On December 5 at 5:00 a.m., the Prussian army started its advance from Neumarkt. Burgsdorf grenadier battalion (38/43) occupied the Castle of Neumarkt and guarded the nearby field bakery. The order of march continued the same as the day before. The vanguard formed in front of Kemmersdorf, the cavalry before the infantry, which were posted upon the heights. In this position they remained with ten heavy 12-pdrs in front till break of day, when the army came up. It was now pretty clear that the Austrians were drawn up upon the plain and that there probably would be a battle in the course of the day. These news caused a universal joy among the Prussian Army.
Cavalry Combat at Borne
Borne, the first village on the highway, was some 12 km distant. The air was damp and hazy preventing the Austrian Army to perceive the march of the Prussians. A little way before Borne, the Prussian vanguard came on ranks of cavalry drawn across the highway, stretching right and left. What was first thought to be the Austrian Army was in fact the advanced post of General Nostitz with his three Saxon regiments of chevaux-légers and two regiments of Austrian hussars. Nostitz was completely taken by surprise by the hussars and dragoons of the Prussian vanguard who fell upon his corps, front and flank, rapidly breaking it and driving it back through Borne, upon the Austrian right wing at Nippern. During this short engagement, the Prussians made 11 officers and 540 troopers prisoners. General Nostitz was mortally wounded (he would die in Breslau twelve days later).
During this attack, the infantry of the Prussian vanguard had taken post before the villages of Polkendorf, Lampersdorf and Katlau, to cover the attack. Frederick then halted the vanguard until the main body arrived. Meanwhile, the Prussian columns continued their march in perfect order.
Frederick designs his Attack
From the captured village of Borne, Frederick rode with his staff to the Scheuberg, a nearby knoll. From this point, he had the opportunity to inspect the position of the Austrian Army whose right was posted behind the wood of Nippern. The flank of this right wing was covered by the village of Nippern and by several small lakes and ravines. The Austrian front then extended from Nippern towards Frobelwitz, Leuthen and Sagschütz. Nádasdy's corps was deployed en potence on the left flank from Sagschütz to the ponds and marshes of Gross Gohlau. A body of Austrian cavalry was deployed on the left of Leuthen. This area had often been used by the Prussian Army for manoeuvring exercises. It was thus a very familiar position whose strong and weak points were well known by the Prussian staff. Frederick ordered some horse regiments of the vanguard to maintain this height and the range of heights running south from it. He remained there for some three hours. After surveying the Austrian positions, Frederick estimated that Nippern, with its bogs and scrags, on the Austrian right wing, was tortuous impossible ground. Therefore, he resolved to attempt their left wing at Leuthen and even at Sagschütz farther south and he issued his orders accordingly.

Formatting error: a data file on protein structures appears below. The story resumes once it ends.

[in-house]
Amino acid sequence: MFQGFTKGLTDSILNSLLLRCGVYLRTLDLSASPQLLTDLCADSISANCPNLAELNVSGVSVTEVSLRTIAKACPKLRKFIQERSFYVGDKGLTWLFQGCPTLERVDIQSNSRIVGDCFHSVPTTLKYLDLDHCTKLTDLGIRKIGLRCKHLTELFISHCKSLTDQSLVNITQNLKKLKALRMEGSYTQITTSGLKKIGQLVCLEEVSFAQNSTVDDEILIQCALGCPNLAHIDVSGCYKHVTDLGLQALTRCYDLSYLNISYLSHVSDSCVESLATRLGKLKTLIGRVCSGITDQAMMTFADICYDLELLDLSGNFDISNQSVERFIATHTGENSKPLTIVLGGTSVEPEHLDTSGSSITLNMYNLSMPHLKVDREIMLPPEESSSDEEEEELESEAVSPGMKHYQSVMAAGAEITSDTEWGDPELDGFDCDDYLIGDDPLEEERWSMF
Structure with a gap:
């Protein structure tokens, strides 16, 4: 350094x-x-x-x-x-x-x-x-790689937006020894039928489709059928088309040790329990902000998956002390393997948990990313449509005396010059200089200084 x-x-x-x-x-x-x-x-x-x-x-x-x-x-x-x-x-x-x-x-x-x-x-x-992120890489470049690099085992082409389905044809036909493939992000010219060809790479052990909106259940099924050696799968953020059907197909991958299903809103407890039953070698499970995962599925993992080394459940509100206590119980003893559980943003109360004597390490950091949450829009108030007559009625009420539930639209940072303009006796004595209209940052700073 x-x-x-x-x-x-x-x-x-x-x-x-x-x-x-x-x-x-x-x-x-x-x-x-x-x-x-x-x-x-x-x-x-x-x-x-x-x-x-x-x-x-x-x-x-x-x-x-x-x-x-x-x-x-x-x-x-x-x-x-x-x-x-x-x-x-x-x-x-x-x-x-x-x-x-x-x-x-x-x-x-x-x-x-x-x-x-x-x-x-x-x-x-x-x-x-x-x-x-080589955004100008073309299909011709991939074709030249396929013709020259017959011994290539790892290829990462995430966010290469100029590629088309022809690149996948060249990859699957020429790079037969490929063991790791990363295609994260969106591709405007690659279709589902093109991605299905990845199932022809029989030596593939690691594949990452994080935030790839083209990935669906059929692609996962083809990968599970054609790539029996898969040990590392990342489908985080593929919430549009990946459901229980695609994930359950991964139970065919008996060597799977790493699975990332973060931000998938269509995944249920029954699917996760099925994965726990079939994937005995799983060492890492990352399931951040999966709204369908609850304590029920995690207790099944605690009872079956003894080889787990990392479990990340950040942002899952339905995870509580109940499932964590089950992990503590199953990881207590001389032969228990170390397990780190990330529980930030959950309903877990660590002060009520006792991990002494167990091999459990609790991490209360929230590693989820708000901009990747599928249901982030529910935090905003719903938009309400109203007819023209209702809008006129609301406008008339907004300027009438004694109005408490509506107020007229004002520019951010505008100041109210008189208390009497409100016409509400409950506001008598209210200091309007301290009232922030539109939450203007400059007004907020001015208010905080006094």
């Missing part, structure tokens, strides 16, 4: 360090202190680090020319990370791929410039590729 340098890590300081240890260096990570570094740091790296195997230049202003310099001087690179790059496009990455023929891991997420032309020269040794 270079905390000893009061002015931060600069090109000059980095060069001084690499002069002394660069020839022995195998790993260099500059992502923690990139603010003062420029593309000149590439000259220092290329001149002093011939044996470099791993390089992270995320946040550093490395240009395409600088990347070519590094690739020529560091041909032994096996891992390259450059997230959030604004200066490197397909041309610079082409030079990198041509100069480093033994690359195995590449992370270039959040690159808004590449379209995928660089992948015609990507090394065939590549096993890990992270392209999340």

While the Prussian vanguard took position beyond the village of Borne, the four columns of the main body turned right as soon as the heads of the columns had passed Borne, redeploying from four to two columns. These two columns then marched southward. They would become the two lines of battle when they would reach their assigned positions well opposite Sagschütz, a march of about two hours. The right wing marched at the heads of the columns and consisted of 43 squadrons under Zieten, 10 hussar squadrons, six battalions under Prince Moritz of Anhalt-Dessau and four battalions under General Wedel. Then came the left wing under General Retzow. It consisted of 38 battalions, 40 squadrons under General Driesen, and 10 hussar squadrons. The rearguard consisted of 25 squadrons under Prince Eugene of Württemberg.